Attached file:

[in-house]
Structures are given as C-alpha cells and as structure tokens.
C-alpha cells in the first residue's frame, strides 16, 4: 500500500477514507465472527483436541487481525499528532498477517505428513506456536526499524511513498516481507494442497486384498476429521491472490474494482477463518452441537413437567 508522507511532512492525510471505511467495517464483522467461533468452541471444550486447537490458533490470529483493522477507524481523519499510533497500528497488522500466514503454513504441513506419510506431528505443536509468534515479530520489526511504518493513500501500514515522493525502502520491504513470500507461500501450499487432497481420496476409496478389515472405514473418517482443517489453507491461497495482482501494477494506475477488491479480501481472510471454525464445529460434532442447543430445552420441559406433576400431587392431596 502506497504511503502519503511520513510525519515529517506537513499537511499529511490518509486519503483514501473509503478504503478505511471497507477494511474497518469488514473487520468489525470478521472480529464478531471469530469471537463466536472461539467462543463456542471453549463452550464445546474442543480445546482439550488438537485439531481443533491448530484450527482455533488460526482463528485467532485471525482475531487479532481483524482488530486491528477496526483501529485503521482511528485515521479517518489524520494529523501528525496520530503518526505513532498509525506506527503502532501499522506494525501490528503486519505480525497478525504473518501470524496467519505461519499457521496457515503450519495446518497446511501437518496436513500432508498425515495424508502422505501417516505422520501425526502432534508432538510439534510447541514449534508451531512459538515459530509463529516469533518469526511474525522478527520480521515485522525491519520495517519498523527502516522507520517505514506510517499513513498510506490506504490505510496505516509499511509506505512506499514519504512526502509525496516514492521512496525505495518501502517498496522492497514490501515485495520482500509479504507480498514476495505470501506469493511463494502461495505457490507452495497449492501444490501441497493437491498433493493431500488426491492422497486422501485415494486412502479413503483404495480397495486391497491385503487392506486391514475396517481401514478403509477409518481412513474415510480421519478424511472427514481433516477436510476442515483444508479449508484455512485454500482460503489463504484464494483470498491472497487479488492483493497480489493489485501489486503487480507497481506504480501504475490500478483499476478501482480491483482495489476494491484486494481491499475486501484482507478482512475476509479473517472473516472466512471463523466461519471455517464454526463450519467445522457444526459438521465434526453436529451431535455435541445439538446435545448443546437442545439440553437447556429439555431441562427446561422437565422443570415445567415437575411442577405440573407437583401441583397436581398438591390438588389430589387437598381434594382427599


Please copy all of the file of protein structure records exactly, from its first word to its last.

[in-house]
Structures are given as C-alpha cells and as structure tokens.
C-alpha cells in the first residue's frame, strides 16, 4: 500500500477514507465472527483436541487481525499528532498477517505428513506456536526499524511513498516481507494442497486384498476429521491472490474494482477463518452441537413437567 508522507511532512492525510471505511467495517464483522467461533468452541471444550486447537490458533490470529483493522477507524481523519499510533497500528497488522500466514503454513504441513506419510506431528505443536509468534515479530520489526511504518493513500501500514515522493525502502520491504513470500507461500501450499487432497481420496476409496478389515472405514473418517482443517489453507491461497495482482501494477494506475477488491479480501481472510471454525464445529460434532442447543430445552420441559406433576400431587392431596 502506497504511503502519503511520513510525519515529517506537513499537511499529511490518509486519503483514501473509503478504503478505511471497507477494511474497518469488514473487520468489525470478521472480529464478531471469530469471537463466536472461539467462543463456542471453549463452550464445546474442543480445546482439550488438537485439531481443533491448530484450527482455533488460526482463528485467532485471525482475531487479532481483524482488530486491528477496526483501529485503521482511528485515521479517518489524520494529523501528525496520530503518526505513532498509525506506527503502532501499522506494525501490528503486519505480525497478525504473518501470524496467519505461519499457521496457515503450519495446518497446511501437518496436513500432508498425515495424508502422505501417516505422520501425526502432534508432538510439534510447541514449534508451531512459538515459530509463529516469533518469526511474525522478527520480521515485522525491519520495517519498523527502516522507520517505514506510517499513513498510506490506504490505510496505516509499511509506505512506499514519504512526502509525496516514492521512496525505495518501502517498496522492497514490501515485495520482500509479504507480498514476495505470501506469493511463494502461495505457490507452495497449492501444490501441497493437491498433493493431500488426491492422497486422501485415494486412502479413503483404495480397495486391497491385503487392506486391514475396517481401514478403509477409518481412513474415510480421519478424511472427514481433516477436510476442515483444508479449508484455512485454500482460503489463504484464494483470498491472497487479488492483493497480489493489485501489486503487480507497481506504480501504475490500478483499476478501482480491483482495489476494491484486494481491499475486501484482507478482512475476509479473517472473516472466512471463523466461519471455517464454526463450519467445522457444526459438521465434526453436529451431535455435541445439538446435545448443546437442545439440553437447556429439555431441562427446561422437565422443570415445567415437575411442577405440573407437583401441583397436581398438591390438588389430589387437598381434594382427599